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In an effort to put blockchain to the test as a balm to the inefficiencies plaguing healthcare data sharing, NASCO US insurer Blue Cross Blue Shield's (BCBS') digital solutions arm built up a blockchain consortium with BCBS plans and pharmacy benefit manager Express Scripts.
Dubbed Coalesce Health Alliance, the partnership is evaluating blockchain as a means of streamlining healthcare data exchanges among BCBS players. And Coalesce has already hit the ground running in its blockchain efforts: It's successfully executed an Alpha Pilot project using a blockchain solution to tackle challenges associated with incomplete data that hamper operational efficiency, like the inability to identify members across entities.
Here's what it means: Coalesce is just the latest sign payers are exploring the value of blockchain in healthcare.
Top health insurers have teamed up and turned to blockchain to disentangle data exchange inefficiencies.For example, Humana, Aetna, and UnitedHealthcare along with health systems like Ascension are among the partners that comprise Synaptic Health Alliance, which launched its pilot project in April 2018. And Synaptic's exploring how blockchain tech can help address the costly issues that arise when providers and payers don't effectively share patient data.
The bigger picture: US payers could reap major savings from a blockchain-enabled data sharing framework.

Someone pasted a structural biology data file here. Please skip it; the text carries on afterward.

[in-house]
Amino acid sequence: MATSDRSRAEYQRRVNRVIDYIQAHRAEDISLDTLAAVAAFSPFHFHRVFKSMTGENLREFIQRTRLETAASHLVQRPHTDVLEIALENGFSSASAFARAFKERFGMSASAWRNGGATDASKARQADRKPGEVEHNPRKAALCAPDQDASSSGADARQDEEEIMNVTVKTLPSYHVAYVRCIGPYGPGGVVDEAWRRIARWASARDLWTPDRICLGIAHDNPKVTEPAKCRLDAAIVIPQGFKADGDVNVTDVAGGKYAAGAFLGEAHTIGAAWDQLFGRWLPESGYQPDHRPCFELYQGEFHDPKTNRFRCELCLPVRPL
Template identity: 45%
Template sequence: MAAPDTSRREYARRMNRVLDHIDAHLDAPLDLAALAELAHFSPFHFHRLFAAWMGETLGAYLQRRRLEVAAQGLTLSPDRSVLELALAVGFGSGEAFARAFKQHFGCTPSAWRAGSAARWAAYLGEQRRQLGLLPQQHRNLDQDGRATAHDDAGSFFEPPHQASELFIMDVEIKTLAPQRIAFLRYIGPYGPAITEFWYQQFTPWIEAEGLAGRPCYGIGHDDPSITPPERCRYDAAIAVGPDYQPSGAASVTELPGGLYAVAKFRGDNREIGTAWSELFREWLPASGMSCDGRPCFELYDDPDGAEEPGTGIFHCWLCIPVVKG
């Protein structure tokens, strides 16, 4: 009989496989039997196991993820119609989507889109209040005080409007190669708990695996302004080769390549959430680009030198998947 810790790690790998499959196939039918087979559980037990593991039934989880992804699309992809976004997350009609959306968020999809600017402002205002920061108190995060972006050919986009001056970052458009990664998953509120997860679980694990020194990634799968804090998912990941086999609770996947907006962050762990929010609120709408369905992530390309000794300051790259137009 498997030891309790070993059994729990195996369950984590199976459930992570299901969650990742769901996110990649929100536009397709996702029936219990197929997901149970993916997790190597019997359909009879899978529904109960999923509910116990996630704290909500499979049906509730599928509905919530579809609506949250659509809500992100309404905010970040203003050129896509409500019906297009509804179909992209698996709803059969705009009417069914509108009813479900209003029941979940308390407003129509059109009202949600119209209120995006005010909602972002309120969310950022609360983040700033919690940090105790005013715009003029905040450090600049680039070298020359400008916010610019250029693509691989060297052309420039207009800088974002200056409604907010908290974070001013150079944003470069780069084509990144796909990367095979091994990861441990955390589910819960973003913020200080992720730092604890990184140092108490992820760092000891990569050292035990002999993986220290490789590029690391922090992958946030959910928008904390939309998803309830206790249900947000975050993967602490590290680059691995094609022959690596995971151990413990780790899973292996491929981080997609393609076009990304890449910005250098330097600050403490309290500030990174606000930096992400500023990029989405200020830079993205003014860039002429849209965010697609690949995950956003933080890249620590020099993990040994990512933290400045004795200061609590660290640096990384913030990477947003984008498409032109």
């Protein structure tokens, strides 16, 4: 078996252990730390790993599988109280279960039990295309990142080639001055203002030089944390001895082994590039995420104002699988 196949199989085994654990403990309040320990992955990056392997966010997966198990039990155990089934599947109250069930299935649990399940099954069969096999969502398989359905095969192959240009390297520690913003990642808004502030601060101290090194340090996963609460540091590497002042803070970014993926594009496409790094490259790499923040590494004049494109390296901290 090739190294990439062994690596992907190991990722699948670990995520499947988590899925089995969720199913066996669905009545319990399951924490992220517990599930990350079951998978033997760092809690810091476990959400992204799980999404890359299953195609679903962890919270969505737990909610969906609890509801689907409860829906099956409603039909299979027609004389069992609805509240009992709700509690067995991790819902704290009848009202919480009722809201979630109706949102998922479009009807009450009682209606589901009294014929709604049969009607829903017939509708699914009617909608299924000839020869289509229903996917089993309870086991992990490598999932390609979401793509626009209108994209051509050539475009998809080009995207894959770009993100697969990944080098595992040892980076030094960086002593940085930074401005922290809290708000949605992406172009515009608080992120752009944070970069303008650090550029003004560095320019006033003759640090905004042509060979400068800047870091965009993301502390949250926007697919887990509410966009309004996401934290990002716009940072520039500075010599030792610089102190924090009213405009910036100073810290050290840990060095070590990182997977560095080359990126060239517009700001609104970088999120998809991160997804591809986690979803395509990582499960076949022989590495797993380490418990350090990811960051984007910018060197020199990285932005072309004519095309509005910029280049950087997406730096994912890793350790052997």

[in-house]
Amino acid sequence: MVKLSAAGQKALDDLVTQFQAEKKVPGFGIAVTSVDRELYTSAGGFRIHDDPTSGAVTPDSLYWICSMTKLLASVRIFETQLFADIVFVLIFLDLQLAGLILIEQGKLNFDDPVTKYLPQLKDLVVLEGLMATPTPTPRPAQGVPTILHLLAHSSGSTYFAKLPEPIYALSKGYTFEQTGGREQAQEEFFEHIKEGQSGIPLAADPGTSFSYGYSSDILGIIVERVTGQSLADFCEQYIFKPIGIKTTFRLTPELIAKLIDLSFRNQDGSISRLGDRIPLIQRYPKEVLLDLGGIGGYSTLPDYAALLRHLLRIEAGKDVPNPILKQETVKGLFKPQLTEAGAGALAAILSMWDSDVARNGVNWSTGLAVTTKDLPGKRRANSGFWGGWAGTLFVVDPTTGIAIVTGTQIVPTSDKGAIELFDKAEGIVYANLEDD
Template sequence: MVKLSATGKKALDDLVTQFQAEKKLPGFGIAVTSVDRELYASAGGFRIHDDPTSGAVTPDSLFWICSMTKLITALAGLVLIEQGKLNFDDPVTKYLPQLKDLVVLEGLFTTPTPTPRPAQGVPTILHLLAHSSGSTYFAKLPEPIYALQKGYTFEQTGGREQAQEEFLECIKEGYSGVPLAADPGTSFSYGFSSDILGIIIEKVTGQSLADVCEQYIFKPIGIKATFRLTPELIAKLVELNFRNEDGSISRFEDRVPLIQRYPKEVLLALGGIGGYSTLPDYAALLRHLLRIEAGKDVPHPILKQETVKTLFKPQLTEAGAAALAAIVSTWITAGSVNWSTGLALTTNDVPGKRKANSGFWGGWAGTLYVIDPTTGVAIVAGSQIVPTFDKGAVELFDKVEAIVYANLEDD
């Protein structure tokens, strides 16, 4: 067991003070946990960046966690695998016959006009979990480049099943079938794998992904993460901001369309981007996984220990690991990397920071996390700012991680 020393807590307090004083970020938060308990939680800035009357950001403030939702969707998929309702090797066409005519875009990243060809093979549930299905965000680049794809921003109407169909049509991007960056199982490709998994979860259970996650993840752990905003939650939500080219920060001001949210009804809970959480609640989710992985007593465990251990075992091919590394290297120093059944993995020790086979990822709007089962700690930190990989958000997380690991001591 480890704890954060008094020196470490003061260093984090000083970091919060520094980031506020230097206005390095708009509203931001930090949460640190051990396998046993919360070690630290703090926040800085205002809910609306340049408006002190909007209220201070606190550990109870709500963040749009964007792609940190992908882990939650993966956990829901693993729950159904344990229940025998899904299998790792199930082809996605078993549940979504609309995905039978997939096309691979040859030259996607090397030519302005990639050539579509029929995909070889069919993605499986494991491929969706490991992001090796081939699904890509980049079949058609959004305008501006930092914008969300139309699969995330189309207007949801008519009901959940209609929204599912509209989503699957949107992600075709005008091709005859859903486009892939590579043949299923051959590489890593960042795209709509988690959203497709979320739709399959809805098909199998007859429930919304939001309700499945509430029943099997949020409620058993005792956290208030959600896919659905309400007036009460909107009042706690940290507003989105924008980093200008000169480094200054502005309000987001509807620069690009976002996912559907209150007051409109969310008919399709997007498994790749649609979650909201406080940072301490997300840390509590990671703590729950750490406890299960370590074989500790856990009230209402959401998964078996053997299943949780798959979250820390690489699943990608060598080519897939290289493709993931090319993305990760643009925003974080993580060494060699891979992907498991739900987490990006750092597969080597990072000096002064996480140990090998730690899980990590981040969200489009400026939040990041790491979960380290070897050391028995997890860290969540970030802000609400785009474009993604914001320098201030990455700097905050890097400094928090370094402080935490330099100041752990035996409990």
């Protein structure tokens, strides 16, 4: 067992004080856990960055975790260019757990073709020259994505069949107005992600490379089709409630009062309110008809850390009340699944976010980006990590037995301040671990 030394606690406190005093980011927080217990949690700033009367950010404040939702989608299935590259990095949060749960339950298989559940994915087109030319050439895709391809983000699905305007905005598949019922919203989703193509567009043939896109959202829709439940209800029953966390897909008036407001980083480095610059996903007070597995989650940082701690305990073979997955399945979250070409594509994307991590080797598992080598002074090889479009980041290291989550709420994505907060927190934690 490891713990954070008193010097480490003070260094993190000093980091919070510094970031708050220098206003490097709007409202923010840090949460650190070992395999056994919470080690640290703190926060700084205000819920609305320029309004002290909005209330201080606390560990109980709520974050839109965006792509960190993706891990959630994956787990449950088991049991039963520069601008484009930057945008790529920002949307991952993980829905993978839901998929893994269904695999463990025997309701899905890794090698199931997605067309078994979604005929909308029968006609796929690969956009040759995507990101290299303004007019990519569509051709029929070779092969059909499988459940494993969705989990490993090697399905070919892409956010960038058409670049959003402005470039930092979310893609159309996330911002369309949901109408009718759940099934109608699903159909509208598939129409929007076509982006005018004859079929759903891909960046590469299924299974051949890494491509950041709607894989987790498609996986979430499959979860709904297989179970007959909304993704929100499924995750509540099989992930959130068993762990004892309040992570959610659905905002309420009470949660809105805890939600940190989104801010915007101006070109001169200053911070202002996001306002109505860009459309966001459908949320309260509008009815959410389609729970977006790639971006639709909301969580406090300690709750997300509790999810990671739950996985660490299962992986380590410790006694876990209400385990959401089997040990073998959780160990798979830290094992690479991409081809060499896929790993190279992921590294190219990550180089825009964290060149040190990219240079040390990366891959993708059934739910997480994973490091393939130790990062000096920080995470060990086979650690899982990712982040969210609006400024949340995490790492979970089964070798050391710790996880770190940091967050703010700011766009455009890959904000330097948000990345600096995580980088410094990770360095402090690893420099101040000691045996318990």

- Insurers could slash administrative costs if they address healthcare data fragmentation.A blockchain-based data-sharing framework that makes patients the stewards of their medical data could alleviate some of the costs associated with updating and reconciling healthcare data. Industry estimates peg the annual cost of managing provider data at over $2 billion .
- And payers could reduce the amount they pay out in claims by empowering physicians with a cohesive view of patients' medical history.For example, a distributed ledger system that updates any time a change is made to a patient's medical record and allows authorized payers and providers to view the updated medical records could reduce the amount payers spend on unneeded treatments. Difficulty accessing medical records is one of the most commonly cited reasons for overtreatment; and while estimates of US medical waste vary, physicians estimate a median of 21% of medical care is unnecessary, per a September 2017 survey of 2,106 US physicians published in PLOS One.
Still, we're likely years away from blockchain moving the needle on payers' operational and claims costs.Despite a spate of healthcare-related blockchain projects in 2018, 75% of healthcare stakeholders think blockchain will "struggle to find its place in healthcare" in 2019.
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